That ‘Always Be My Maybe’ Sex Scene Is Based On Randall Park’s First Time

One of the most standout scenes in the upcoming rom-com “Always Be My Maybe” draws from Randall Park’s own life. 

In an interview with The New York Times, the actor, who stars as the lead character Marcus, said that the sex scene that takes place in the back of a car is based on his own experience. He later revealed in an interview with Vulture that it was, in fact, drawn from the day in 1993 that he lost his own virginity in his hometown of Los Angeles.

Park told the outlet that his high school girlfriend was home from her first year of college (he was heading to nearby UCLA) and the pair had made plans to do the deed. 

“I have letters that we sent to each other building it up, like, ‘This is gonna be so special, and it’s gonna be great,’ ” he told Vulture. “And it was just horrible. It didn’t last long. It was clumsy. I remember afterward thinking, ‘It was supposed to be so much more than that.’”

Afterward, he revealed that he and his girlfriend went to McDonald’s. 

“The moment that I remember is us just standing there, staring at the menu, and me feeling, ‘Oh my God, I’m a piece of shit.’”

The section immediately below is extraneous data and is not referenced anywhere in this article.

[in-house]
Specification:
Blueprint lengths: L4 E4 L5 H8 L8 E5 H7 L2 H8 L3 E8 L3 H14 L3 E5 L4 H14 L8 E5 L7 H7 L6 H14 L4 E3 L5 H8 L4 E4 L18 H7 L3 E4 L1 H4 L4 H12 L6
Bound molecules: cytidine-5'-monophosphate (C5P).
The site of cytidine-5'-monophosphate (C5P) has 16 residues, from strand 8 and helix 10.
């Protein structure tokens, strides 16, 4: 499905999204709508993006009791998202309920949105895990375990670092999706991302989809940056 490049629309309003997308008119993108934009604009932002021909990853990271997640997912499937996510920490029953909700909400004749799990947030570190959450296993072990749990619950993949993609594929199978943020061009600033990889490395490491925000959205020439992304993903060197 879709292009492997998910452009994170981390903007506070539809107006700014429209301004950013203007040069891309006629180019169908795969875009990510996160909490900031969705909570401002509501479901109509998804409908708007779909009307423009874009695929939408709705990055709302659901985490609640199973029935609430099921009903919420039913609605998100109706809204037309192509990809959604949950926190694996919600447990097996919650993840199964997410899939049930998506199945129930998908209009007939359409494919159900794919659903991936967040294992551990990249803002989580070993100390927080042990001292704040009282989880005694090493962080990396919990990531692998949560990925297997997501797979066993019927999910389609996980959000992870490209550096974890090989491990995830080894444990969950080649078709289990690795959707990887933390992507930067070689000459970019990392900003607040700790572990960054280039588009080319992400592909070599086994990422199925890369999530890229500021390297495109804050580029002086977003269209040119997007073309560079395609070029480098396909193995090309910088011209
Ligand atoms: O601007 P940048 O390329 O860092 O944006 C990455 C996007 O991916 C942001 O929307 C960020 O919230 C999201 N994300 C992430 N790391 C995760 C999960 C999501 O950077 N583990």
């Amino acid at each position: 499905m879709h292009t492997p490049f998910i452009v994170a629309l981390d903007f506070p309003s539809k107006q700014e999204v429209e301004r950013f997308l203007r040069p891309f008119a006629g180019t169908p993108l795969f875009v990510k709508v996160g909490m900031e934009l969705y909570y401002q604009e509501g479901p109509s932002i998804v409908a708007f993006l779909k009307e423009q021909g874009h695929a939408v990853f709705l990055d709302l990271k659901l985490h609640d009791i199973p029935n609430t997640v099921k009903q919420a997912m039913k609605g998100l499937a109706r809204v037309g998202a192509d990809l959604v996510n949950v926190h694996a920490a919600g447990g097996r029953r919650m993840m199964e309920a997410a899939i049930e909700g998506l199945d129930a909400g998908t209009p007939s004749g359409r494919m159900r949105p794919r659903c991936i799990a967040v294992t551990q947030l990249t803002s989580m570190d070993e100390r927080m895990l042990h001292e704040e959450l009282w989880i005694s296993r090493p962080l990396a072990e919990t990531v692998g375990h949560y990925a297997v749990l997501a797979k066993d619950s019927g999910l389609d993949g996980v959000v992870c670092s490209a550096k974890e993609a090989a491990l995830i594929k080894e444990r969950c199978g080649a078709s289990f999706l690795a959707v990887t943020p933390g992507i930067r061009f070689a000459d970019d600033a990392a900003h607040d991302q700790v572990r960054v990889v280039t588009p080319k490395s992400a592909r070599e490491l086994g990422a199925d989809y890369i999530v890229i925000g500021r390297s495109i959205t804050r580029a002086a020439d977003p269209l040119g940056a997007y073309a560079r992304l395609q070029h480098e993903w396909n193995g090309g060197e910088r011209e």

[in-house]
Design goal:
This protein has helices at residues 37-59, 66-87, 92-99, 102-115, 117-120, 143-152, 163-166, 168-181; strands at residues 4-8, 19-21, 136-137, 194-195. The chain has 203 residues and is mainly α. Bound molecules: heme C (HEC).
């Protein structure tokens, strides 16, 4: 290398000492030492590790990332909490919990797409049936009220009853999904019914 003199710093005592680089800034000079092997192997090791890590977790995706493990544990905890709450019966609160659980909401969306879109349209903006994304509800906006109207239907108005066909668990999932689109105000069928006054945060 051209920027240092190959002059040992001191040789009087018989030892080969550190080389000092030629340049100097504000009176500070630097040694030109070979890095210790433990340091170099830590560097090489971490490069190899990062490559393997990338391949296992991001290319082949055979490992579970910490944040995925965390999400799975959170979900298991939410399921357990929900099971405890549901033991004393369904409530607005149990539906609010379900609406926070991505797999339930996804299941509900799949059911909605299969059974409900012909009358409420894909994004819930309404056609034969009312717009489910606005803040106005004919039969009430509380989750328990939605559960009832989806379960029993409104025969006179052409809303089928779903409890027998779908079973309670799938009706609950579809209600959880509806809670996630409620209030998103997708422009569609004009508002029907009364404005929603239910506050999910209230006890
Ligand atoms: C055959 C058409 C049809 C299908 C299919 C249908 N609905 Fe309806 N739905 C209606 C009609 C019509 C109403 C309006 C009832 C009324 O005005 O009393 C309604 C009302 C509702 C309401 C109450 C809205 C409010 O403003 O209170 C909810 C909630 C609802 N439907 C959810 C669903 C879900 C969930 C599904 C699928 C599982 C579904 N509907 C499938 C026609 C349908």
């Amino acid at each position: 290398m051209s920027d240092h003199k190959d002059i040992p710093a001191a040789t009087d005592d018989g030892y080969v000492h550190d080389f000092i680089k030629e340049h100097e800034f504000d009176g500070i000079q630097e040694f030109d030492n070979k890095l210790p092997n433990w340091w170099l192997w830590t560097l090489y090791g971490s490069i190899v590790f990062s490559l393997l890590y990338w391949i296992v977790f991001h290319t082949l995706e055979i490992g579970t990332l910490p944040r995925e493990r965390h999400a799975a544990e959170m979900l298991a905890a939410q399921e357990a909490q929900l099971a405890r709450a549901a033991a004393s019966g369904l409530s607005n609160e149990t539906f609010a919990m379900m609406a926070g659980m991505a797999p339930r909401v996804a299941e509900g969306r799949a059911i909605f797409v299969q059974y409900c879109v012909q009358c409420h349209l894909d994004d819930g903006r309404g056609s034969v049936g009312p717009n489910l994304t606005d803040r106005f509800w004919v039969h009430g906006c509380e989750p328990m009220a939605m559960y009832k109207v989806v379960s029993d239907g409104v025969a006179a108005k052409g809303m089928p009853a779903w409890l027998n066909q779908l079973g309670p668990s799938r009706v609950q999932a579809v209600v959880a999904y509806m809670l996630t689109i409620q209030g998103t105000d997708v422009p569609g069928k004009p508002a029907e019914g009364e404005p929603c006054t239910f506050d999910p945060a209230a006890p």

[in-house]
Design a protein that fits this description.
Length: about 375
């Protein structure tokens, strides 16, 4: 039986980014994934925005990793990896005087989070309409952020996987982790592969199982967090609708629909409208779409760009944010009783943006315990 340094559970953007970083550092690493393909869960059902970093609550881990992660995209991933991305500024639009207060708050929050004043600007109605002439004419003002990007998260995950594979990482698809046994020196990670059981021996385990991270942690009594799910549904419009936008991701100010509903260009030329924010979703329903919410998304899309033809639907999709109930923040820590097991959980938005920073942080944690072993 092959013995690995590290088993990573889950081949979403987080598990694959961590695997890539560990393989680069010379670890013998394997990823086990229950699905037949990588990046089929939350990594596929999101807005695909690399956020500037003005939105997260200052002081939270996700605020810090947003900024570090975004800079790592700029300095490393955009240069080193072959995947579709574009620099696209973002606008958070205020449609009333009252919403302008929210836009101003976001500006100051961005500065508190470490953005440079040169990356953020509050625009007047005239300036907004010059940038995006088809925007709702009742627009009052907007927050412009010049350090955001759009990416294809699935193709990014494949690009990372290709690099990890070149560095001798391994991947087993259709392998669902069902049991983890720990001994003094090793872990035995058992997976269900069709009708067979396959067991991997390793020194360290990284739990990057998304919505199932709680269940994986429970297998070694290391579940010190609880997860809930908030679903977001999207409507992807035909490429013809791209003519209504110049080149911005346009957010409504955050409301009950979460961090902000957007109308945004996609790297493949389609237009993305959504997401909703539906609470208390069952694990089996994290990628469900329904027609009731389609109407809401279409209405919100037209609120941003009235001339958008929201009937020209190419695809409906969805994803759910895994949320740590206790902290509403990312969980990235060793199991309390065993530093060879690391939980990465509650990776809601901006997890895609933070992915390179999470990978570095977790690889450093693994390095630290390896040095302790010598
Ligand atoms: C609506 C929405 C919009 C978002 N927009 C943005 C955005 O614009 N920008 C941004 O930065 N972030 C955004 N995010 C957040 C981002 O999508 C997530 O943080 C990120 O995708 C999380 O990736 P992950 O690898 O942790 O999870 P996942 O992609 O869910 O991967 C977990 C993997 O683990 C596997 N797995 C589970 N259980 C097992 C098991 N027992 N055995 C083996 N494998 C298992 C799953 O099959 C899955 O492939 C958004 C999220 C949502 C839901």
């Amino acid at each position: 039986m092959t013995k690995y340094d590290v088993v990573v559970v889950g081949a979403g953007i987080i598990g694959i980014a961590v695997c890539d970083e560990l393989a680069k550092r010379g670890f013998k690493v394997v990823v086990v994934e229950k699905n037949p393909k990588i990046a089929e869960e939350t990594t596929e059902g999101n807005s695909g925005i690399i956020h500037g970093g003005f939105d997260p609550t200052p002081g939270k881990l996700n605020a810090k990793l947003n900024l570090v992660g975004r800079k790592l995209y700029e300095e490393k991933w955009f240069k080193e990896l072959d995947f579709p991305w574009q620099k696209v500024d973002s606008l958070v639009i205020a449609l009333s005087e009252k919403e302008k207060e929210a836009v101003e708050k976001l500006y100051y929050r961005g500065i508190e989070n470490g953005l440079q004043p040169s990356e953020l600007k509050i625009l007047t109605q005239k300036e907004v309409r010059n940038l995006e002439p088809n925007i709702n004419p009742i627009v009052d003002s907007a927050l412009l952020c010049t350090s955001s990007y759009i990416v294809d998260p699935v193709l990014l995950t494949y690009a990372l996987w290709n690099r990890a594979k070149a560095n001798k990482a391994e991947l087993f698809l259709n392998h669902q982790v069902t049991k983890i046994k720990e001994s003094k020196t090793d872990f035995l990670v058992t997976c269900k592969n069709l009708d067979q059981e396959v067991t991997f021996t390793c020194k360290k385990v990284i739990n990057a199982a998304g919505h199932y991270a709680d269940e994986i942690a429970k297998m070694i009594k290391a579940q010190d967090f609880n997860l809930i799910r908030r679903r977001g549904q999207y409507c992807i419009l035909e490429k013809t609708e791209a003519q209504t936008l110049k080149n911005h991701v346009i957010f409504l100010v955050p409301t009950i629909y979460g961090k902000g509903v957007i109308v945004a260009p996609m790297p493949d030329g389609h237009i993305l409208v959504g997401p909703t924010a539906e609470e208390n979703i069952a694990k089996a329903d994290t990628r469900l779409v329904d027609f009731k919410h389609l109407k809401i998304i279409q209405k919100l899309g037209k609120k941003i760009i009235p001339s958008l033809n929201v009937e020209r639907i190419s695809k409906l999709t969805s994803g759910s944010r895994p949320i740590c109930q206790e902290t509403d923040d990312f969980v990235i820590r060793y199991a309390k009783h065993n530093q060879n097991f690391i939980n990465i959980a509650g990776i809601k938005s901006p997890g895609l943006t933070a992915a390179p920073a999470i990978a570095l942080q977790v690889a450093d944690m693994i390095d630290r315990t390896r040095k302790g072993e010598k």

As amusing as the tale is, the film’s fictional version of it is pretty revolutionary given the rarity of seeing Asian Americans in romantic roles and steamy sex scenes. As the Times astutely points out, “Asian-American men rarely get to be the hero in mainstream Hollywood movies, Asian-American women rarely pick the Asian guy at the end, and Asian couples rarely exist onscreen at all, let alone have sex, let alone funny sex.” 

Asian American love and romance on screen remain something of a groundbreaking concept because historically, Adian Americans have been characterized as devoid of emotion. Sociologist Nancy Wang Yuen, author of the book “Reel Inequality: Hollywood Actors and Racism,” recalled a conversation with a casting director in which she was told, “Asians are a challenge to cast because most casting directors feel as though they’re not very expressive.” 

Of course, the erroneous stereotype sparked a social media movement, #ExpressiveAsians, prompting a flood of tweets showing just how multi-dimensional Asians really are.

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